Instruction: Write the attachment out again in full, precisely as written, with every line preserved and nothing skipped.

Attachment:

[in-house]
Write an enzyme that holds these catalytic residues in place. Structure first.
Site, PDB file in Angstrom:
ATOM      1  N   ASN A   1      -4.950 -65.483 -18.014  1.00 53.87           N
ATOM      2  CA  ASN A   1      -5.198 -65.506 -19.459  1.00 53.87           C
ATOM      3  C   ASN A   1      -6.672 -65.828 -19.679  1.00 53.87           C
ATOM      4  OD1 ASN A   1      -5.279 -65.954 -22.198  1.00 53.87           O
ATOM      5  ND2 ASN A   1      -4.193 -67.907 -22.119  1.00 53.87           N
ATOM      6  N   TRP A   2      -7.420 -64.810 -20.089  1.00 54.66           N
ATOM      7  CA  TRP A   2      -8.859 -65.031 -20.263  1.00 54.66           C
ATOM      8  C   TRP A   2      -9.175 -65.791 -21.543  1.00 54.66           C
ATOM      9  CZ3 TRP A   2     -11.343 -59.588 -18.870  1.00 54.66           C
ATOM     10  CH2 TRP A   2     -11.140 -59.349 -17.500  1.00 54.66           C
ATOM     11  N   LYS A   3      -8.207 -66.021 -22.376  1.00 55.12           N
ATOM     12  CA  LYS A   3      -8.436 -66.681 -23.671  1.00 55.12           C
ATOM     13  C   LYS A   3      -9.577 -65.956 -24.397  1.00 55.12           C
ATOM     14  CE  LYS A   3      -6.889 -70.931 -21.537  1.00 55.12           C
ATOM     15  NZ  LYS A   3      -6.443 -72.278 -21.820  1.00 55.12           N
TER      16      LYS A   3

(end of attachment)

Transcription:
[in-house]
Write an enzyme that holds these catalytic residues in place. Structure first.
Site, PDB file in Angstrom:
ATOM      1  N   ASN A   1      -4.950 -65.483 -18.014  1.00 53.87           N
ATOM      2  CA  ASN A   1      -5.198 -65.506 -19.459  1.00 53.87           C
ATOM      3  C   ASN A   1      -6.672 -65.828 -19.679  1.00 53.87           C
ATOM      4  OD1 ASN A   1      -5.279 -65.954 -22.198  1.00 53.87           O
ATOM      5  ND2 ASN A   1      -4.193 -67.907 -22.119  1.00 53.87           N
ATOM      6  N   TRP A   2      -7.420 -64.810 -20.089  1.00 54.66           N
ATOM      7  CA  TRP A   2      -8.859 -65.031 -20.263  1.00 54.66           C
ATOM      8  C   TRP A   2      -9.175 -65.791 -21.543  1.00 54.66           C
ATOM      9  CZ3 TRP A   2     -11.343 -59.588 -18.870  1.00 54.66           C
ATOM     10  CH2 TRP A   2     -11.140 -59.349 -17.500  1.00 54.66           C
ATOM     11  N   LYS A   3      -8.207 -66.021 -22.376  1.00 55.12           N
ATOM     12  CA  LYS A   3      -8.436 -66.681 -23.671  1.00 55.12           C
ATOM     13  C   LYS A   3      -9.577 -65.956 -24.397  1.00 55.12           C
ATOM     14  CE  LYS A   3      -6.889 -70.931 -21.537  1.00 55.12           C
ATOM     15  NZ  LYS A   3      -6.443 -72.278 -21.820  1.00 55.12           N
TER      16      LYS A   3